*(a) Work:*

When we think of work, we think of jobs, chores, toils. We generally think of something that is hard to do, e.g holding a heavy weight above the ground. However the scientific definiton for work is much more specific and is that work is only done when a force is applied to an object over a specific distance, i.e.

**Work is done when a force moves its point of application along the direction of its line of action.**

In the simple case, when a constant force *F *and the displacement *s *are in the same direction and we define the work *W * done by the force on the body by **W= Fs**

For the above example of holding the weight above the ground, even if it may feel as if a lot of work is being done, because no force is acting on the weight and it isn't being moved; in scientific terms no work whatsover is being done.

If the force does not act in the direction in which the motion occurs but at angle θ to it then the work done is defined as the product of the component of the force in the direction of motion and the displacement in that direction. That is, * W= (F cos θ)s. *See animation above: (when it is on the work part!)

When θ= 0, cos θ= 1 and so *W= Fs, *is at its maximum. When θ= 90, cos θ= 0 and F has no component in the direction of motion and so no work is done. When a body is thrown as a projectile the action of gravity does no work on the horizontal component of the throw, because it is acting at right angles.

If the force varies, the work done can be obtained from a force-displacement graph in which the component of the force in the direction of the displacement is plotted.

* One joule is the work done by a force of 1 newton when its point of application moves through a distance of 1 metre in the direction of the force. *Thus: 1 joule (J) = 1 newton metre (Nm).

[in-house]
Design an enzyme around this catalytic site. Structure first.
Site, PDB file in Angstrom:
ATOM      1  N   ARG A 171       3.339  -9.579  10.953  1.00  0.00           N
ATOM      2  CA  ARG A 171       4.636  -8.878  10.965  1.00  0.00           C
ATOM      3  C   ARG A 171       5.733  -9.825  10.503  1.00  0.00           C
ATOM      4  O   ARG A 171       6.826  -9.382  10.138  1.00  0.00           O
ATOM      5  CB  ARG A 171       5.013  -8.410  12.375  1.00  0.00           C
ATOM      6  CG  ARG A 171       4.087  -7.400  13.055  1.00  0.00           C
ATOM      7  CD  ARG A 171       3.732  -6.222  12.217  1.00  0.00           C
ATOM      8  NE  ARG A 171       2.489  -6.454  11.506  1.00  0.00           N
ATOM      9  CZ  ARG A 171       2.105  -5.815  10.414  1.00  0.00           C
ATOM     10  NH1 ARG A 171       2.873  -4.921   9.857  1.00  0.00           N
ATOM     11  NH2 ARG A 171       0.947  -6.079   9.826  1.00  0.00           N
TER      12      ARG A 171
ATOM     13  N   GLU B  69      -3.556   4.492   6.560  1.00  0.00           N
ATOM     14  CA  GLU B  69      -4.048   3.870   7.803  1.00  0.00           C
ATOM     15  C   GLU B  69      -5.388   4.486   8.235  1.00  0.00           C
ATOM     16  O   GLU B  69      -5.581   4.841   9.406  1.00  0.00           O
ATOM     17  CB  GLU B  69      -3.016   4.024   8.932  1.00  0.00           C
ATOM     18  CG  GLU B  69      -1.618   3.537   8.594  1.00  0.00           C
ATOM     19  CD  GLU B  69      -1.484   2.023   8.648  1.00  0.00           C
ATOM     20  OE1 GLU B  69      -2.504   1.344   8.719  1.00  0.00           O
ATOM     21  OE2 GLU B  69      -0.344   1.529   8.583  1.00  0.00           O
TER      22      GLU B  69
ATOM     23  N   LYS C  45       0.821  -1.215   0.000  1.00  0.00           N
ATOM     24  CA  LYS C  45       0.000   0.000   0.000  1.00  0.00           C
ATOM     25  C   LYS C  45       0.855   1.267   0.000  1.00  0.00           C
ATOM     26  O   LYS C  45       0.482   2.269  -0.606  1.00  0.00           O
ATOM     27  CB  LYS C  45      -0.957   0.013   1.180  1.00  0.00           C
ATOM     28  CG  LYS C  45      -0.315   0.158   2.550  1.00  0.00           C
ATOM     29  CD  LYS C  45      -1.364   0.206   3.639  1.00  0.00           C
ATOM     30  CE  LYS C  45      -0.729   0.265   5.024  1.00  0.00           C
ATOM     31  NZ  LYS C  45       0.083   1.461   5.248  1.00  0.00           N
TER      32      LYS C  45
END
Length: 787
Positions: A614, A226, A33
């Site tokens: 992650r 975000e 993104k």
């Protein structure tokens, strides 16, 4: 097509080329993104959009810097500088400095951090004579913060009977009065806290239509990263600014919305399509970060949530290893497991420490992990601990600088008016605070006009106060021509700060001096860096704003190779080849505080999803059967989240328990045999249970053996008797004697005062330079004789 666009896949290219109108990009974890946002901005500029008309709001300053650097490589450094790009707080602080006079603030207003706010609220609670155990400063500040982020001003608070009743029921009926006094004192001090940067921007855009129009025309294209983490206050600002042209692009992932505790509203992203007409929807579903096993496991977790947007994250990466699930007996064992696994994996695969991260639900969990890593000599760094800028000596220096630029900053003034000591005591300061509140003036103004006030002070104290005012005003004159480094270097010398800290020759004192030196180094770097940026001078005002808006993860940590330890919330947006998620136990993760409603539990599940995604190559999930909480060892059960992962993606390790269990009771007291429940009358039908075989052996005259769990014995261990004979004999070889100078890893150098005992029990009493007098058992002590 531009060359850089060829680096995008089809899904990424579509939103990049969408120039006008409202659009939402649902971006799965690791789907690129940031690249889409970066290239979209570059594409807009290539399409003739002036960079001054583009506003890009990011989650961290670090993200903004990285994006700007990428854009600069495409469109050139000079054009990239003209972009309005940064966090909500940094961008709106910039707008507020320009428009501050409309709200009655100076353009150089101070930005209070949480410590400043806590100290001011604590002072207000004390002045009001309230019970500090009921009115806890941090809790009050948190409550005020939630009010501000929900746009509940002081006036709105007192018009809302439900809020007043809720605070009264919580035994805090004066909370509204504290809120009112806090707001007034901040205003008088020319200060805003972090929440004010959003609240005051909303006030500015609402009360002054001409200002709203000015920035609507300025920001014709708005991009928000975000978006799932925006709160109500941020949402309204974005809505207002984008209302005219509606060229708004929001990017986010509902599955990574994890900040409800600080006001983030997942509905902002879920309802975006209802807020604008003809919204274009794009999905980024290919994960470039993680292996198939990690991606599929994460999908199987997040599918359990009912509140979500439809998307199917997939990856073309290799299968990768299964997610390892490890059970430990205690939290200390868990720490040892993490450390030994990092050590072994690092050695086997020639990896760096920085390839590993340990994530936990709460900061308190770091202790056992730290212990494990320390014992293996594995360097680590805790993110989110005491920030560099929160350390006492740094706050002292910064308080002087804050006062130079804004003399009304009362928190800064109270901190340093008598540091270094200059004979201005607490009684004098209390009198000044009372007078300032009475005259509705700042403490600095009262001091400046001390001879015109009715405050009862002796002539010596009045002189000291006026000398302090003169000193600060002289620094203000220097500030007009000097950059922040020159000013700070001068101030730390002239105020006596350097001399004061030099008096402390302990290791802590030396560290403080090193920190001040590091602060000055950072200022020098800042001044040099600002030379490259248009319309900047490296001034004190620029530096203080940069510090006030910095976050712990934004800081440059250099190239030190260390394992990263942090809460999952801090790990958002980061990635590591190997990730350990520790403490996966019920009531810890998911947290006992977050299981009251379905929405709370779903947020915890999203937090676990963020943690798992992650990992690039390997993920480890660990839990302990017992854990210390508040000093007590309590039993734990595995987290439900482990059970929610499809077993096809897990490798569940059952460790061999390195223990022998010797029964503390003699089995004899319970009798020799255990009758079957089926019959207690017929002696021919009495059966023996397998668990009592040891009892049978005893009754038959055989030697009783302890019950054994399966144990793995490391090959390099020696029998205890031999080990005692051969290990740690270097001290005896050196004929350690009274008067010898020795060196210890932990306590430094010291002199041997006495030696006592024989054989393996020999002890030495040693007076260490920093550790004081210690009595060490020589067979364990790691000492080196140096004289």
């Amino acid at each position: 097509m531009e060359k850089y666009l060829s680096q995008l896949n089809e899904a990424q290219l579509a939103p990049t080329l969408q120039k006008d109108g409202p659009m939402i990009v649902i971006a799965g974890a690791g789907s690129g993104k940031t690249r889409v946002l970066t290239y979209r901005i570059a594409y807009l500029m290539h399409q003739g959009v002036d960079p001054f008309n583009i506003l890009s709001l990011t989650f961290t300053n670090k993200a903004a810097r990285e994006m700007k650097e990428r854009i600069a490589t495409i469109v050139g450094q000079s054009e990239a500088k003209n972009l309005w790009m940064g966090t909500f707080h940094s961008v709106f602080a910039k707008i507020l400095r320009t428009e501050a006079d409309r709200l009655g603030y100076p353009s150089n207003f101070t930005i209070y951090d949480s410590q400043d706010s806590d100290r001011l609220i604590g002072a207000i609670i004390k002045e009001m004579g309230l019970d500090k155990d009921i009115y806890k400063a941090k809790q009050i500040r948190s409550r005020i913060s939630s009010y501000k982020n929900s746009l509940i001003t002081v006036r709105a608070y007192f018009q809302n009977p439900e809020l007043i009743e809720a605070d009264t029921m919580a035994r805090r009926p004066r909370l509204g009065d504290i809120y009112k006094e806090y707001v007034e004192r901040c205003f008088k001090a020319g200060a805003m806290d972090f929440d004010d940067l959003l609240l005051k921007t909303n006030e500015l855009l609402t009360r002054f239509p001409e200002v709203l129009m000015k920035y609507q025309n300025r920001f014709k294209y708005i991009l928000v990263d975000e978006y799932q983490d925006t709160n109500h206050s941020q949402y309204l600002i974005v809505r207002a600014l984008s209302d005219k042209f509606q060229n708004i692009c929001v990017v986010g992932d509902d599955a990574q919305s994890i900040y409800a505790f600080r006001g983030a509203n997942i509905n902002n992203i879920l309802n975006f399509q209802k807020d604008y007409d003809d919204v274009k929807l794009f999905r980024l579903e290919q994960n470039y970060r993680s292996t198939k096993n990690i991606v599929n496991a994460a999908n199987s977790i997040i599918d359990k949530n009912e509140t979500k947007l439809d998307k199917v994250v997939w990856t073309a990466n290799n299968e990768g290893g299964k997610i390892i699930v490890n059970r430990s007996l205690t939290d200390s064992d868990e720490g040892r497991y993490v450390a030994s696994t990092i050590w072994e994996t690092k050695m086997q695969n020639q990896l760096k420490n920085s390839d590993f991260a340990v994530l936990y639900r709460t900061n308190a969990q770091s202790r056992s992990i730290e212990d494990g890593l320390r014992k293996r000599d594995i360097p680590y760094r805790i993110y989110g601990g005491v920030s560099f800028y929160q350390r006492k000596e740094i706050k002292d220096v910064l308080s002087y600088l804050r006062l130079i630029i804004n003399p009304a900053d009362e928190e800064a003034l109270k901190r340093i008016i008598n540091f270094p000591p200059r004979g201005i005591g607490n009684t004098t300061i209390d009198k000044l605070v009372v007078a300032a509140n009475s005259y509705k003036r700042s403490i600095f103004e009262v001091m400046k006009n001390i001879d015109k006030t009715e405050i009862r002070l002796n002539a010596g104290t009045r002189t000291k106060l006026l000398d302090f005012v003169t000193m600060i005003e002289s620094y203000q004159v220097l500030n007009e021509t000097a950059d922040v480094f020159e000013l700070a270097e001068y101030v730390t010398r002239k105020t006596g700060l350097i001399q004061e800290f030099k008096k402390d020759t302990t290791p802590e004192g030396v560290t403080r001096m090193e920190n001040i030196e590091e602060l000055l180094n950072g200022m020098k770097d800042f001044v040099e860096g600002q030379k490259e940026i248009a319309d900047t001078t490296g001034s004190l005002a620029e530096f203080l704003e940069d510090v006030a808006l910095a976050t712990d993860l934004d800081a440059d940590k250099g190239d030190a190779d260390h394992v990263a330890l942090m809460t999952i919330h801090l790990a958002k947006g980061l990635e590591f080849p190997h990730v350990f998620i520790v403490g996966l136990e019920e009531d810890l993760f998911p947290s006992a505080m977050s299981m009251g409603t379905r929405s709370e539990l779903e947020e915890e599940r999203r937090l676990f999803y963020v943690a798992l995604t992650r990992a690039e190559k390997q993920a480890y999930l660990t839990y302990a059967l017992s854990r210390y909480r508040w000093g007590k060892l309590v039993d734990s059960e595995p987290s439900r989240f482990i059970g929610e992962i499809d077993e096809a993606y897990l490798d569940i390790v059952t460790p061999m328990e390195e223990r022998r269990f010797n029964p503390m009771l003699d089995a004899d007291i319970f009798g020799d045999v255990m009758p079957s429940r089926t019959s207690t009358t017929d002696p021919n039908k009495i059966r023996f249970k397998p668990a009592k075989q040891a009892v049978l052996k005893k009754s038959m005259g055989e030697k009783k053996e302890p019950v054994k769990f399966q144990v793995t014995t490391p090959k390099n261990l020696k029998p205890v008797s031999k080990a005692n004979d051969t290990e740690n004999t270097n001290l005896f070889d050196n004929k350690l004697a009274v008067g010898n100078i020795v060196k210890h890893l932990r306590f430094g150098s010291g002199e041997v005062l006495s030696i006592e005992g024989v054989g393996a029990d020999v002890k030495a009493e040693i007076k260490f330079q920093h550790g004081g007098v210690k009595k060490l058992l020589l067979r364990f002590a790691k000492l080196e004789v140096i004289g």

Work is scalar although force and displacement are both vectors. This means work is the same quantity if the same force is acted over the same distance in any direction.

*(b) Energy:*

If a body is able to do work, it is said to have energy. It requires energy to move a body over a distance, if we had to energy no movement would occur. It is measured in joules like work. When an interchange of energy occurs between two bodies we can consider **the work done as measuring the quantity of energy transferred between them. **So if body A does 5 joules of work on body B then the energy transfer from A to B is 5 joules.

*(c) Power:*

The **power **of a machine is **the rate at which it does work, **i.e. the rate at which it transfers energy. The unit of power is the **watt **(W) and equals a rate of transfer of 1 joule per second, i.e. 1W = 1 Js^-1.

In calculus notation, since power *P *is the rate at which work *W *is done or energy transferred, we can write

**P = dW/dt**

If δ*w *is the energy transferred by a *constant force F *when a body moves with *constant velocity v *through a small displacement δs in time δt, then δW = *F*δs *and *P * is given by

**P= Fδs/δt = Fv**

If *F *is in N and *v *in ms^-1, the unit of *P *is *Nms^-1, *or* Js^-1, *or* W.*